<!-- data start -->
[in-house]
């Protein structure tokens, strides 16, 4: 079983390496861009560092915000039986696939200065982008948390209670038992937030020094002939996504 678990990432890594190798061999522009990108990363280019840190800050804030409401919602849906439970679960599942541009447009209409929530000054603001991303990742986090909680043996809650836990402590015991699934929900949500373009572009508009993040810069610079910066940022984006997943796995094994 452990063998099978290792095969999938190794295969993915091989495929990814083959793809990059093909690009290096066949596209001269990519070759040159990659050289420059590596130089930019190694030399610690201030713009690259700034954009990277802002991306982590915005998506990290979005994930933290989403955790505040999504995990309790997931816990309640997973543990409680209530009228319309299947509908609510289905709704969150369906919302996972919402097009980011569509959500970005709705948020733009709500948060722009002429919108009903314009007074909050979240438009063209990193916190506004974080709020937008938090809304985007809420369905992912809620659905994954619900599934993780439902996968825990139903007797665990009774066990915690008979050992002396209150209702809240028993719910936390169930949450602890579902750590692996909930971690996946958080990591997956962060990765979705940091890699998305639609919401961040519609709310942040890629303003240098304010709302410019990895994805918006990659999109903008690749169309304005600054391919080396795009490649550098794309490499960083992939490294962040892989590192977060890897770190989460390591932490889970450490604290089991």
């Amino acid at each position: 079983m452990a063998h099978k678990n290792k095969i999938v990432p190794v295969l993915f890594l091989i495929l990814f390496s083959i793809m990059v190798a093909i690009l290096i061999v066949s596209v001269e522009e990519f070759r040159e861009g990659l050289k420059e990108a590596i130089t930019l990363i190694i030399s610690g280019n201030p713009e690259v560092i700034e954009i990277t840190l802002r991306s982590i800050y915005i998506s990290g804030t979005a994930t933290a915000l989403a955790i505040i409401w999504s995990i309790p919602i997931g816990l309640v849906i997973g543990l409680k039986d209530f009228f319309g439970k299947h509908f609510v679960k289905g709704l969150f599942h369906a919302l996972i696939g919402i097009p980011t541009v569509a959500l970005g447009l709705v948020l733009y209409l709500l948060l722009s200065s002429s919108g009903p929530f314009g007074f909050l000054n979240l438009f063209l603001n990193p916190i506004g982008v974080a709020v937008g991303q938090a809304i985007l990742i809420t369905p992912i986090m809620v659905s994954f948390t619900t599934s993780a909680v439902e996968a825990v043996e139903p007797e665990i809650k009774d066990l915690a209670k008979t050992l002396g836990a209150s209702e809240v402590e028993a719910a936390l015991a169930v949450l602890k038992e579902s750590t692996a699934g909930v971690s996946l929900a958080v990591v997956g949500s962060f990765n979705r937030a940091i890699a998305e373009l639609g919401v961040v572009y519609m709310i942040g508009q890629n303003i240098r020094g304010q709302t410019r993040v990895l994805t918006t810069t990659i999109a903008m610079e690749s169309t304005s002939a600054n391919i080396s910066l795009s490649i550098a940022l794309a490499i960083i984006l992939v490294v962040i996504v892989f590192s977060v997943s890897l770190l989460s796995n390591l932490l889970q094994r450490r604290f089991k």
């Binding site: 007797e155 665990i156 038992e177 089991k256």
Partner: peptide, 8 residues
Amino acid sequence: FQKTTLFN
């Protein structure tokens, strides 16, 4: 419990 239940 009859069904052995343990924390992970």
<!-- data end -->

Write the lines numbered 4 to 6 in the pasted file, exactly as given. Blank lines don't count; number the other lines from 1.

């Binding site: 007797e155 665990i156 038992e177 089991k256």
Partner: peptide, 8 residues
Amino acid sequence: FQKTTLFN